What will the future bring? … MAGIC REALM will certainly show its true colors and rise to the upper half of the chart and perhaps even to the society of the gods of the top ten.
Letters to the Editor . . .
Finally, I would like to lend support to MAGIC REALM. In the months since I bought it, it has become one of my favorite games, and I feel that the rating it received was greatly undeserved. For my part, I think it is excellent in all respects, even considering the ambiguousness of its rules, and greatly appreciate and applaud your efforts toward new areas of wargaming.
Bob Hinkle, Litchfield Park, AZ
Dear Mr. Greenwood:
First, I must preface my letter with the following remarks. Avalon Hill is in my opinion a quality company with an excellent reputation. I have purchased a large quantity of games released by Avalon Hill and will continue to do so. Therefore, please understand the opinions reflected in this letter are to be considered as constructive criticism and not a personal vindictive attack on you or Avalon Hill.
A company has an obligation to the consumer. A product released for use by the public should be a tested product. By doing so, the company builds a “track record” in which the consuming public trusts. It also protects the company from releasing an inferior product to the public. To release an untested product could be, and is considered in most quarters, ethically and morally wrong.
A case in point is MAGIC REALM. I purchased the game when it was first released. The rules were baffling, ambiguous and too long. The game concepts looked to be interesting and fun. After a couple of weeks, I gave up. I wrote letters to you and Mr. Hamblen stating my displeasure with the game as sold. Mr. Hamblen did respond, a fact I deeply appreciated. However, the problems with MAGIC REALM remained.
Imagine my surprise when in Vol. 16, No. 4 of THE GENERAL the admission was made that MAGIC REALM was released without “blind” playtests. I no longer thought that it was just me! I realized that my trust, for that particular game was broken. I had purchased a product in which I was to be a tester.
I am not, and you should not have been, surprised at the poor showing by MAGIC REALM on the RBG Rating Chart. My first glance on the chart was to the 45th slot. I personally thought the Ease of Understanding and Completeness of Rules ratings were high for the game. These two areas should have the worst rating possible.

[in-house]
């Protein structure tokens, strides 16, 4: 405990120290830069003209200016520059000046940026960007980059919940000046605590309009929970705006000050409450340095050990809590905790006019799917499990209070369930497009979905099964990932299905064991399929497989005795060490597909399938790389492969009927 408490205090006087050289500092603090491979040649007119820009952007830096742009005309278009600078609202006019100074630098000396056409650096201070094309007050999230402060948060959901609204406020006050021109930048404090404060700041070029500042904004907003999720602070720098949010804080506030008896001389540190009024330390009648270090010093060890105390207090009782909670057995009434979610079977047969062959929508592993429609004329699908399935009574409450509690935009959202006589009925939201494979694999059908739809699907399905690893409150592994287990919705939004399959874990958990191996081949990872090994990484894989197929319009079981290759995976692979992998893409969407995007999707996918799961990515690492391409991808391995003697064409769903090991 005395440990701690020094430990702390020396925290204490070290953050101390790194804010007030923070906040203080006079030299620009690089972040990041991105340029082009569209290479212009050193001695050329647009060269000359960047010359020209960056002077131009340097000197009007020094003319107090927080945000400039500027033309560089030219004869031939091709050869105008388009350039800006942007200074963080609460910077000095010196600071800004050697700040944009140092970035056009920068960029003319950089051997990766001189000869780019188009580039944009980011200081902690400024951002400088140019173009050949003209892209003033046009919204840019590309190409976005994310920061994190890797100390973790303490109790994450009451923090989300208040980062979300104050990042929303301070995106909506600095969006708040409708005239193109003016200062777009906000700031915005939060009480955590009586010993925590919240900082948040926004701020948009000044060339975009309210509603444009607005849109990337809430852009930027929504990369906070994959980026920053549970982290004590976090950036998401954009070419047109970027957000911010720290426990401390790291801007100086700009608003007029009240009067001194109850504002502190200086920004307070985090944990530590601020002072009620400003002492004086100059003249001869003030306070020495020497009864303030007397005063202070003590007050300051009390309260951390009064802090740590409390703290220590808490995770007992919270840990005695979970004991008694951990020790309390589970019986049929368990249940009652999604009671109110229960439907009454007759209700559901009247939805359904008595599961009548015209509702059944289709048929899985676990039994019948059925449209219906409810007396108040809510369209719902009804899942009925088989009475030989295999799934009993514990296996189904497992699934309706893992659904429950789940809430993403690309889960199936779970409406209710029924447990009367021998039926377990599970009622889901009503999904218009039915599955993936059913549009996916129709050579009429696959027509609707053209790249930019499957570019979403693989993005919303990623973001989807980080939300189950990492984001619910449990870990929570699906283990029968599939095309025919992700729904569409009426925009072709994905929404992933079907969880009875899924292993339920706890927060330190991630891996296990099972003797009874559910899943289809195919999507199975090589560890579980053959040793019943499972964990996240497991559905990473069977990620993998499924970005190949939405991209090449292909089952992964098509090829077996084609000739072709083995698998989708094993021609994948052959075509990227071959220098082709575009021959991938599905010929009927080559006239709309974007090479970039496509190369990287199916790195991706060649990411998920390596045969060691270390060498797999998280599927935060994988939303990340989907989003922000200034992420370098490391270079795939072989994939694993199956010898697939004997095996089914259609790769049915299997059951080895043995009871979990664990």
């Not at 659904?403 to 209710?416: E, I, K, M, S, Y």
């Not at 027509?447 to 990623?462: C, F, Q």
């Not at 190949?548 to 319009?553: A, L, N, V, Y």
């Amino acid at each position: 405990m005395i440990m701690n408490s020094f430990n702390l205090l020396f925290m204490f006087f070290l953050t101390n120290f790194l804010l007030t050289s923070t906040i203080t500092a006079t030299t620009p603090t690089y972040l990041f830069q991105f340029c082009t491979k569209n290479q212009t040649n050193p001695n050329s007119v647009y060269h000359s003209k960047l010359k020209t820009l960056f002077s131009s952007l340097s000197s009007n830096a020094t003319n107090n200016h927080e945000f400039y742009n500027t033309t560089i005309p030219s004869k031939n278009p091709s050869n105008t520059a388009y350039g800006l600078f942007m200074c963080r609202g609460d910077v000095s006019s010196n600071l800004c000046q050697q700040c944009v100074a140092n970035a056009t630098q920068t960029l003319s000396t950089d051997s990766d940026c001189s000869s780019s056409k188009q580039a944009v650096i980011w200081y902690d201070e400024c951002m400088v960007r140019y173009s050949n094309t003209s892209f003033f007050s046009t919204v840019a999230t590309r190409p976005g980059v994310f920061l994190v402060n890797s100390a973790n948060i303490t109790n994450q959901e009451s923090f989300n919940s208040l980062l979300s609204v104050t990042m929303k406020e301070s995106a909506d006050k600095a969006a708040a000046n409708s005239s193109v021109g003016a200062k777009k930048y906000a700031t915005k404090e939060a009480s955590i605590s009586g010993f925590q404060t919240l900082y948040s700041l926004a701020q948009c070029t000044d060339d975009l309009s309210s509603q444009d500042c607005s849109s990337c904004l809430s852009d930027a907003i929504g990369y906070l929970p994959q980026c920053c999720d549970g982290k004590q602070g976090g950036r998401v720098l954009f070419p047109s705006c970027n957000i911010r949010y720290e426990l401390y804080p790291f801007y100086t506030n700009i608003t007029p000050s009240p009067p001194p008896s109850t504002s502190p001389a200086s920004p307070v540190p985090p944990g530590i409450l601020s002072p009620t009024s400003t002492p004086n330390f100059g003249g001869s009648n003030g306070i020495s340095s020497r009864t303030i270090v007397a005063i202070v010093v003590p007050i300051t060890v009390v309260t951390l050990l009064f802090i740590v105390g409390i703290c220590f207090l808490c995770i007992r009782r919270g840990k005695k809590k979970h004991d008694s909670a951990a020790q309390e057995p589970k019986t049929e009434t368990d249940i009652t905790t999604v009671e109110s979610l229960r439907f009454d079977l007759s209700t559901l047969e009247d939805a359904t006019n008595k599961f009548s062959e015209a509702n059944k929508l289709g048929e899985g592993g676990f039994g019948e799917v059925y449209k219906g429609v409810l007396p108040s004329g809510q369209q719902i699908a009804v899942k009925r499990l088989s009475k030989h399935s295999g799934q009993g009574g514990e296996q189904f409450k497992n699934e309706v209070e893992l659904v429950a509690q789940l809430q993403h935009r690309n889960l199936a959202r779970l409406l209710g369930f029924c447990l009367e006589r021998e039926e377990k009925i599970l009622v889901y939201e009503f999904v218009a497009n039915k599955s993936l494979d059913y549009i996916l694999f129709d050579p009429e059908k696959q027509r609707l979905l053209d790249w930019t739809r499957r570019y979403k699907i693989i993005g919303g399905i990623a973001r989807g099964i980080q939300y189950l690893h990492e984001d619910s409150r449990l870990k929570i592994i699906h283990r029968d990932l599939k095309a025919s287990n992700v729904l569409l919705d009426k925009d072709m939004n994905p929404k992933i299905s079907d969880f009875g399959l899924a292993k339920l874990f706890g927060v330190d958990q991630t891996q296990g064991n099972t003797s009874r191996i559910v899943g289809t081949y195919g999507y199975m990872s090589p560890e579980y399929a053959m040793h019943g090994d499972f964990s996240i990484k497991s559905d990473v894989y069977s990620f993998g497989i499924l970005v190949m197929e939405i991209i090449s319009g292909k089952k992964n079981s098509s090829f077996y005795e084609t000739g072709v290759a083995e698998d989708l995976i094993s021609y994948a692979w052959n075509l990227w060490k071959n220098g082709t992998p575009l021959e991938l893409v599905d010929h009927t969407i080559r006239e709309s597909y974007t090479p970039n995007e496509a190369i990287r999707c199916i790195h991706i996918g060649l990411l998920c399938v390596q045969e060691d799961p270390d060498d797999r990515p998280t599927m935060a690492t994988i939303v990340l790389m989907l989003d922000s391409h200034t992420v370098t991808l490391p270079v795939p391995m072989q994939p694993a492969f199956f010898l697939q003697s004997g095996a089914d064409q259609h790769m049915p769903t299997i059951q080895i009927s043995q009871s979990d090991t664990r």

I suppose the point of this letter is a recommendation. That recommendation is that the supervisory personnel of Avalon Hill insist that all products must undergo the usual development, which includes playtesting before release. I believe the majority of the consuming public would happily wait for the release of a proven quality product rather than be disappointed with the premature release of an inferior product.
The game has the potential to be a great one. Hope is here that the new rules will bring this potential to ripe fruit. However, the underlying issue is one of consumer protection. Never take the public for granted.
John Duchon, Marlborough, CT
Never let it be said that I only print complimentary letters. I won’t defend our stance here because I tend to agree with you. The circumstances, however, should be made known. It is important to distinguish between an untested product and one which is untested only at the consumer level. MAGIC REALM was tested. It is not boxed game theory straight from the designer’s head. The problem is that it was the game system which was tested and not the rules. As the game system evolved, it was tested in ‘live’ tests conducted by the designer who acted as a sort of gamesmaster and explained the rules as he went along. This is ok as far as designing systems goes, but is woefully inadequate in terms of game development because the rules as written receive no baptism of fire at all. Normally, once a game system has evolved, we then proceed to a ‘blind’ playtest for the fine tuning. Unfortunately, in the case of MAGIC REALM the designer became so hopelessly behind his own time schedules that the by-mail testing was dispensed with, not because the game was late–but because we had taken pre-publication orders for the game over a year earlier. The continual “next month” promises for MAGIC REALM became a very real embarrassment to the company and hopefully has taught management a lesson about pre-publication offers. To be fair, however, the blame for the lack of a by-mail playtest and the correspondingly poor rules clarity of MAGIC REALM must rest with the designer whose health problems and faulty concept of time led management into making the unfortunate decision to make a pre-publication release. In short, the “deadlines” under which the designer worked were self-imposed. All AH designers and developers are encouraged to use blind playtests. Failure to do so is a matter of personal choice by individual members of the staff.